When I prepared to don my not soo comfortable 3D specs, I couldn’t help but wonder what all I could expect from 3D for this film. Many films seem to bombard the viewers with 3D, regardless of whether the scene calls for it or not. That was however not the case here. I was surprised with how subtle some of the 3D seemed. It wasn’t smack dab in my face, but I couldn’t help but feel like a part of the experience none the less. As I watched on in enjoyment, three scenes in particular caught my attention in regards to the addition of 3D(And I’m aware that I say 3D an aweful lot in this blog post.. mostly in this paragraph.) The first was the podracer scene with young Anakin Skywalker. I couldn’t have enjoyed watching that part more if it had been my first time seeing it. Despite the fact that I knew otherwise, I felt like his podracer could just leap off the screen and into the very theatre.

Another scene worth mentioning was the duel between Darth Maul, Obi-Wan-Kenobi, and Qui-Gon-Jin. As soon as the doors in the Naboo fighter hanger open to reveal Maul, I couldn’t help but be excited. Thankfully, that excitement was justified. Whether due to the 3D effects or just cleaning things up, there was a far crisper feel to the look of the three as they fought.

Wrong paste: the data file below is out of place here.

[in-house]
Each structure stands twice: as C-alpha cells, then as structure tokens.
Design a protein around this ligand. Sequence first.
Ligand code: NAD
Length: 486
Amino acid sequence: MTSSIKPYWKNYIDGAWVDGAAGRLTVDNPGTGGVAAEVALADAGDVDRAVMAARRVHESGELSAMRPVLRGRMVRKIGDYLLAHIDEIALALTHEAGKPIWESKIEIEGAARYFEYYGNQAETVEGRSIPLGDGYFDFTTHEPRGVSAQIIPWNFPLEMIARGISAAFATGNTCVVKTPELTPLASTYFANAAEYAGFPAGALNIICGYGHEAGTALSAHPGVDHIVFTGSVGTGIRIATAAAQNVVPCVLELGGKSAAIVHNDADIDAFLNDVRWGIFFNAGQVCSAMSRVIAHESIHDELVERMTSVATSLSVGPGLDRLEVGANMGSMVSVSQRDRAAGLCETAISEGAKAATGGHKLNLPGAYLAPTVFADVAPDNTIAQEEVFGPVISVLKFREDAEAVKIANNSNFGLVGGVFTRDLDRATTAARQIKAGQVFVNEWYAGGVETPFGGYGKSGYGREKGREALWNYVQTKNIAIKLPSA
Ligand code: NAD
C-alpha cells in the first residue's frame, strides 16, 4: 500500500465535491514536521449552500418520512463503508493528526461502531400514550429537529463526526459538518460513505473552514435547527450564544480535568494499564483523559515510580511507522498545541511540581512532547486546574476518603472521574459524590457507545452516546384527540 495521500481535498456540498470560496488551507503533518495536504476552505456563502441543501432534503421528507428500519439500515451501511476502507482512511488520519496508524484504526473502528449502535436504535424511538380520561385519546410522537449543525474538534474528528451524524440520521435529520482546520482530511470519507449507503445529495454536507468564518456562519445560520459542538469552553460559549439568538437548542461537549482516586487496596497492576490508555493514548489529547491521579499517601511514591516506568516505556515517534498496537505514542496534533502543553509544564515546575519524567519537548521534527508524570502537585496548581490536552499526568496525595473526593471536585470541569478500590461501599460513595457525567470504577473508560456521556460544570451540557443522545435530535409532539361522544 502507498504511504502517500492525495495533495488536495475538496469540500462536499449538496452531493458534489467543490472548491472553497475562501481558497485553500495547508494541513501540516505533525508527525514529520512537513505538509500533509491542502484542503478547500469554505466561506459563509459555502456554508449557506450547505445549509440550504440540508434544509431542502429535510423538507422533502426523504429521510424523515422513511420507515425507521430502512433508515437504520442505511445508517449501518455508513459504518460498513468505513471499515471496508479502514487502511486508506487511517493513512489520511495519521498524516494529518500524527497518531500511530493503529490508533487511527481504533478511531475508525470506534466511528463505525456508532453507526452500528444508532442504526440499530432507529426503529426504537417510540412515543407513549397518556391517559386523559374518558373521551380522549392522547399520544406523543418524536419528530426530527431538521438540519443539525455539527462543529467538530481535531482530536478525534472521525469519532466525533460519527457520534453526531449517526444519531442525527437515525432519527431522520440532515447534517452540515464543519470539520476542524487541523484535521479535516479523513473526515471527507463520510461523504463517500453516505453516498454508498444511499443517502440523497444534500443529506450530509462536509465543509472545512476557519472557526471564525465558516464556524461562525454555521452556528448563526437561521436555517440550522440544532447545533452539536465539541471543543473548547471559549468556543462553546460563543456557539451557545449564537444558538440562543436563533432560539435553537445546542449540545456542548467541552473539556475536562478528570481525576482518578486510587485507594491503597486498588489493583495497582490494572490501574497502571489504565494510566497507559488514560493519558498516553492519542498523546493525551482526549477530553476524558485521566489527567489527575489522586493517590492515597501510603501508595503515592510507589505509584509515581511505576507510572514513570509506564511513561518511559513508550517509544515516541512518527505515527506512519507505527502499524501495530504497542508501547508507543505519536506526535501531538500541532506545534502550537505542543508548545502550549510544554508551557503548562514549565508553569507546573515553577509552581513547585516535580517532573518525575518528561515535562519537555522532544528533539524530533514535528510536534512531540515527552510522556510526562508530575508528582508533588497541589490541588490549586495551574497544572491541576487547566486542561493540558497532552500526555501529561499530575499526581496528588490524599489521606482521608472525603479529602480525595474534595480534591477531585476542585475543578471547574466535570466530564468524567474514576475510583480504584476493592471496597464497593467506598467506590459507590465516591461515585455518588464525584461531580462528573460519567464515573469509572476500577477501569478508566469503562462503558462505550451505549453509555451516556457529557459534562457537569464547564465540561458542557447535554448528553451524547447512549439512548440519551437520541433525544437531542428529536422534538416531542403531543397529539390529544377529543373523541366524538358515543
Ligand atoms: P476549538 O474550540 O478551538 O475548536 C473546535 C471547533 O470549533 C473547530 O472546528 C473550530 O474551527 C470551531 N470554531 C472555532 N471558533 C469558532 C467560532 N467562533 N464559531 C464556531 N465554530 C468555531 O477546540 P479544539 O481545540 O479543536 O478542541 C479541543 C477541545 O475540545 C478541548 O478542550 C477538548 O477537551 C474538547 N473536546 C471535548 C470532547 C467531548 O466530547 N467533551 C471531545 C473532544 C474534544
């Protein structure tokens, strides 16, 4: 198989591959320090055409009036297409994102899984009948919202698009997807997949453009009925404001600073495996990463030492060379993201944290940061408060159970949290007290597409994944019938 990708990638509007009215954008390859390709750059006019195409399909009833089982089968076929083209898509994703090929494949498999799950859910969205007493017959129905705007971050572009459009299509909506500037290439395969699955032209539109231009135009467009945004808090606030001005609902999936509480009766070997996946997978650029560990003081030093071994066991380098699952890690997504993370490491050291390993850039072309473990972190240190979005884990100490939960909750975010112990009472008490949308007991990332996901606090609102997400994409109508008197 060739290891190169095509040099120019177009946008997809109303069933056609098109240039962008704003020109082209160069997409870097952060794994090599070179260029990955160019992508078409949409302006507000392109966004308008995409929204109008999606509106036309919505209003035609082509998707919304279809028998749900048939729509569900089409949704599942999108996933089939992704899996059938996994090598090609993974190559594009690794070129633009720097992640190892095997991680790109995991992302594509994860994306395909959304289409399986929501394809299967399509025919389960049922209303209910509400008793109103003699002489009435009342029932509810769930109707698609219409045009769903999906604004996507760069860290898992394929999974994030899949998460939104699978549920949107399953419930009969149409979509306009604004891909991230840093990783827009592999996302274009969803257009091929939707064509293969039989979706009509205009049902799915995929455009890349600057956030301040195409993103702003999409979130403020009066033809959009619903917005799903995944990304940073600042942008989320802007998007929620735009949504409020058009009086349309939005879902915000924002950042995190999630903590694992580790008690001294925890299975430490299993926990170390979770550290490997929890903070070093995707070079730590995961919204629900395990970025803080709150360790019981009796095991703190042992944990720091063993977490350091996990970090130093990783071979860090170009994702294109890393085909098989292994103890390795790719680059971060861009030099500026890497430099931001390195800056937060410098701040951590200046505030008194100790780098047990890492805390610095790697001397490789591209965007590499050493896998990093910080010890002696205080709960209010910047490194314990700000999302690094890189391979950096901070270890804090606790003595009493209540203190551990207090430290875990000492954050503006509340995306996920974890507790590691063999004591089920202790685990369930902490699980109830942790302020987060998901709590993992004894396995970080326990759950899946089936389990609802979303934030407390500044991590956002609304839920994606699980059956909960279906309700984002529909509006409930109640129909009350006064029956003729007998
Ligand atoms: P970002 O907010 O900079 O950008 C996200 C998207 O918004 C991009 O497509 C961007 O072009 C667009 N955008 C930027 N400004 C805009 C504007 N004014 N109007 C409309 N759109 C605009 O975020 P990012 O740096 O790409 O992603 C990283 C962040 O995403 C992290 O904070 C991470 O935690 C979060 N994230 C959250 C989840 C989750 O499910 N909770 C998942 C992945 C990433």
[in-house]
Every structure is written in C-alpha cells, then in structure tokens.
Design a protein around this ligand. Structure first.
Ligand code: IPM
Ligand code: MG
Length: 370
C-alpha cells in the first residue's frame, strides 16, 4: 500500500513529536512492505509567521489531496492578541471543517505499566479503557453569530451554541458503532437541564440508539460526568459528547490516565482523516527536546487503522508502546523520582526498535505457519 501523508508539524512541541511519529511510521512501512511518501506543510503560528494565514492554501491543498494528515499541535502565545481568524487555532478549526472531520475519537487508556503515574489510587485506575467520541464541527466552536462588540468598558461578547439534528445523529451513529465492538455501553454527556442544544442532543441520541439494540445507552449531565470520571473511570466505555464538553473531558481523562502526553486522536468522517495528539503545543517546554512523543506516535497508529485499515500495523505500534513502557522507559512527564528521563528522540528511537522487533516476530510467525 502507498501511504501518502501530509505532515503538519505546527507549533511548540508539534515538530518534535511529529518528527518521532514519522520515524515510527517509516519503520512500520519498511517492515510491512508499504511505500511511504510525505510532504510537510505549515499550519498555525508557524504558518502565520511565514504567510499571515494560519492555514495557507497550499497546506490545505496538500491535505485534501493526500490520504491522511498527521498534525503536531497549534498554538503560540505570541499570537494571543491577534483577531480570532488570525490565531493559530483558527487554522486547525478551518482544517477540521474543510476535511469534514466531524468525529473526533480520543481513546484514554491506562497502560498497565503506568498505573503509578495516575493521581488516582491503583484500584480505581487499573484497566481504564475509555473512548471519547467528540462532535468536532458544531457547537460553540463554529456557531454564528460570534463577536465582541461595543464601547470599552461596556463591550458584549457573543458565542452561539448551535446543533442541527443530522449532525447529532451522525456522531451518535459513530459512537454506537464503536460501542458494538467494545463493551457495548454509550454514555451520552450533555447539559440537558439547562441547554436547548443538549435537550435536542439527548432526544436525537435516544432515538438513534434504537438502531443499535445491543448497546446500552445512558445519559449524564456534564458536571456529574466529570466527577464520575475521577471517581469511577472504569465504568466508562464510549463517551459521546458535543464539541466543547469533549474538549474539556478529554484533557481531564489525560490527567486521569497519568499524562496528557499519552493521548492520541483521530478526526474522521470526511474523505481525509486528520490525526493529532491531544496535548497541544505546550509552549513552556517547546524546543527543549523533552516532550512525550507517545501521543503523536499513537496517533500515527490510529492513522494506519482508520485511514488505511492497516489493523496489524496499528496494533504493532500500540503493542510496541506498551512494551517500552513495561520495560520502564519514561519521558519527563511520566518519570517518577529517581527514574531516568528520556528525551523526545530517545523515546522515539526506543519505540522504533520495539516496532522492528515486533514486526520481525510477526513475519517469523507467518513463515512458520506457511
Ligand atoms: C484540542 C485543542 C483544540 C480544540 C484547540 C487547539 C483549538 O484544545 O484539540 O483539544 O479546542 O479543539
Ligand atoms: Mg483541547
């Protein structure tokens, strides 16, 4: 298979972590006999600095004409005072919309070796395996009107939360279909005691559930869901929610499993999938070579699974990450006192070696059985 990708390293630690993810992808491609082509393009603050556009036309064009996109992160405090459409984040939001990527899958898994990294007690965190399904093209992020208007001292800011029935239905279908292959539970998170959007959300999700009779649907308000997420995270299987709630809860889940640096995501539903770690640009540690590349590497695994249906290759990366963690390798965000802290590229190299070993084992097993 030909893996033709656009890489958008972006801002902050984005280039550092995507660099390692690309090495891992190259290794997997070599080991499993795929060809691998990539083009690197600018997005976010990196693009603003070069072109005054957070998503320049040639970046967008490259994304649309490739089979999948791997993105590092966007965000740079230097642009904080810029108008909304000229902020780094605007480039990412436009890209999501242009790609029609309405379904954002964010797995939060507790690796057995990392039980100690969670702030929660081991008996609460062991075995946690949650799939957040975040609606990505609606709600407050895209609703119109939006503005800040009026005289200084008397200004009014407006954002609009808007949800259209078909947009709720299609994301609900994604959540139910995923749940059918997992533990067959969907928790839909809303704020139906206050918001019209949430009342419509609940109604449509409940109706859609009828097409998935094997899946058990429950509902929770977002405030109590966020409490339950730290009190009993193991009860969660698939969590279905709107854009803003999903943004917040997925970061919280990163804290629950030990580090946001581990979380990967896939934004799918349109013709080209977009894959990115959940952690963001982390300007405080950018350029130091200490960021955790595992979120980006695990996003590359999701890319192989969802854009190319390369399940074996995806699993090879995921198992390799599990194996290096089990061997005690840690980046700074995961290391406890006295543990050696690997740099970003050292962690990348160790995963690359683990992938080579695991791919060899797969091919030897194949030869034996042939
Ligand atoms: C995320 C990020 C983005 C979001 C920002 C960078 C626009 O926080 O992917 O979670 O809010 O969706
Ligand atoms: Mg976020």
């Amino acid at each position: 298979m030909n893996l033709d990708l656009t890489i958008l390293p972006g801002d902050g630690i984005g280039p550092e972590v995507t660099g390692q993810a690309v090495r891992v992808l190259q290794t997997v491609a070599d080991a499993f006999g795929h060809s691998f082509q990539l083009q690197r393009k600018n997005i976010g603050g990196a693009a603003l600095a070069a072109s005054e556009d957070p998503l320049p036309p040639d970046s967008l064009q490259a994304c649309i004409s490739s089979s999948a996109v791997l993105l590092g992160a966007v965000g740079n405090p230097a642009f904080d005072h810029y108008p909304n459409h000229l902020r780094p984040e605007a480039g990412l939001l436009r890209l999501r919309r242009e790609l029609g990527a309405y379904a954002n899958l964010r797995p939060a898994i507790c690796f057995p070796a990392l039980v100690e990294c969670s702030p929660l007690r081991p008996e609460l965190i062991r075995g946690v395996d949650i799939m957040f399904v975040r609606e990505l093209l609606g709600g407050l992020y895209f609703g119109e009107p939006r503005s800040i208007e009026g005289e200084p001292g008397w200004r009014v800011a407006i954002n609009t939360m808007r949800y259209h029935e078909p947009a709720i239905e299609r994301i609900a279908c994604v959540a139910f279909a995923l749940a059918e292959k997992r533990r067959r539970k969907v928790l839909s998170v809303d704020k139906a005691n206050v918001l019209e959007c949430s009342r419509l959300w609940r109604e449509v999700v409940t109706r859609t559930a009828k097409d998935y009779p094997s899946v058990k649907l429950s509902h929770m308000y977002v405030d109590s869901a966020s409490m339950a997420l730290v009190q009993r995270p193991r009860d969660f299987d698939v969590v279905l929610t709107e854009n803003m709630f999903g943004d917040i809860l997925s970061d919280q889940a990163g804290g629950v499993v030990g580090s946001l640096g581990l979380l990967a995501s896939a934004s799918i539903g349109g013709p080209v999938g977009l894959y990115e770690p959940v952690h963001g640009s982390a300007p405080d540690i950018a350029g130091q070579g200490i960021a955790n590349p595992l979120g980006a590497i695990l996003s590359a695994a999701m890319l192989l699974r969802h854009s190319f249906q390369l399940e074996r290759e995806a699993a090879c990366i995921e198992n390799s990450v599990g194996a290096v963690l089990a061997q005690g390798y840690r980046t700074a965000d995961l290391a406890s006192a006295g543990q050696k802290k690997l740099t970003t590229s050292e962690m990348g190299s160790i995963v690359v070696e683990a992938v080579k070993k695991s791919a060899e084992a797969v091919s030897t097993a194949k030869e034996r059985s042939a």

The last was the scene of the space battle. I’ve seen some awesome films in 3D before, but this is officially one of my favorite 3D scenes now. If you’ve seen Episode I before then you know that the space battle scene is pretty good. 3D simply makes it…better, for lack of a better word.

There are also a few other things throughout the movie which left me pleasantly surprised, such as cleaning up an image of my favorite Sith Lord, Darth Sidious so that if you look close enough, you can tell what the true identity of the Sith Lord is. There’s also the addition of a few other characters in the pod race scene who are not in the original theatrical version, but who I’m told were in the dvd versions of the film. Also, for all the Yoda fans out there, the little green man looks amazing in the film. At least one of my friends was happy to see the CGI Jedi Master in the place of his Muppet counterpart.